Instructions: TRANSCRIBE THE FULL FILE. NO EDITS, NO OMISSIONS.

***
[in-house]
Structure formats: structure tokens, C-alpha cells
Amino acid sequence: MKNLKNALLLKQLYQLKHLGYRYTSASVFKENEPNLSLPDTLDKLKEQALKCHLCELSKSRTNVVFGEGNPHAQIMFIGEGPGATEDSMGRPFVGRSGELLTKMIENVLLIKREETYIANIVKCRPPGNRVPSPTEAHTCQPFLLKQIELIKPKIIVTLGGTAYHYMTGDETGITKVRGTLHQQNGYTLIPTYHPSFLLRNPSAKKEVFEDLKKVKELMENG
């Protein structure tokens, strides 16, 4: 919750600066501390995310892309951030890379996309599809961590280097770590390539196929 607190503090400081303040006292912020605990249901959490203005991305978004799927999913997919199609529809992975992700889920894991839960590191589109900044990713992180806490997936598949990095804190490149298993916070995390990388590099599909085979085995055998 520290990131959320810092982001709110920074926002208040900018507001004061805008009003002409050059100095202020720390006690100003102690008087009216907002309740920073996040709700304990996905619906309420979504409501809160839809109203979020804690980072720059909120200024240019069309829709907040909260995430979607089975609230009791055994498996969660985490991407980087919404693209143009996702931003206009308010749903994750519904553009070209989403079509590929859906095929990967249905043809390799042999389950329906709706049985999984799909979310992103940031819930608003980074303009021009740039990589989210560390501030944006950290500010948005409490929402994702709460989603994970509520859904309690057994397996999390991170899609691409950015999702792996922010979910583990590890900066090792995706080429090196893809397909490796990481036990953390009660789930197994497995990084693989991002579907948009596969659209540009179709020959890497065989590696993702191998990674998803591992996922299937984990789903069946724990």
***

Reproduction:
[in-house]
Structure formats: structure tokens, C-alpha cells
Amino acid sequence: MKNLKNALLLKQLYQLKHLGYRYTSASVFKENEPNLSLPDTLDKLKEQALKCHLCELSKSRTNVVFGEGNPHAQIMFIGEGPGATEDSMGRPFVGRSGELLTKMIENVLLIKREETYIANIVKCRPPGNRVPSPTEAHTCQPFLLKQIELIKPKIIVTLGGTAYHYMTGDETGITKVRGTLHQQNGYTLIPTYHPSFLLRNPSAKKEVFEDLKKVKELMENG
């Protein structure tokens, strides 16, 4: 919750600066501390995310892309951030890379996309599809961590280097770590390539196929 607190503090400081303040006292912020605990249901959490203005991305978004799927999913997919199609529809992975992700889920894991839960590191589109900044990713992180806490997936598949990095804190490149298993916070995390990388590099599909085979085995055998 520290990131959320810092982001709110920074926002208040900018507001004061805008009003002409050059100095202020720390006690100003102690008087009216907002309740920073996040709700304990996905619906309420979504409501809160839809109203979020804690980072720059909120200024240019069309829709907040909260995430979607089975609230009791055994498996969660985490991407980087919404693209143009996702931003206009308010749903994750519904553009070209989403079509590929859906095929990967249905043809390799042999389950329906709706049985999984799909979310992103940031819930608003980074303009021009740039990589989210560390501030944006950290500010948005409490929402994702709460989603994970509520859904309690057994397996999390991170899609691409950015999702792996922010979910583990590890900066090792995706080429090196893809397909490796990481036990953390009660789930197994497995990084693989991002579907948009596969659209540009179709020959890497065989590696993702191998990674998803591992996922299937984990789903069946724990």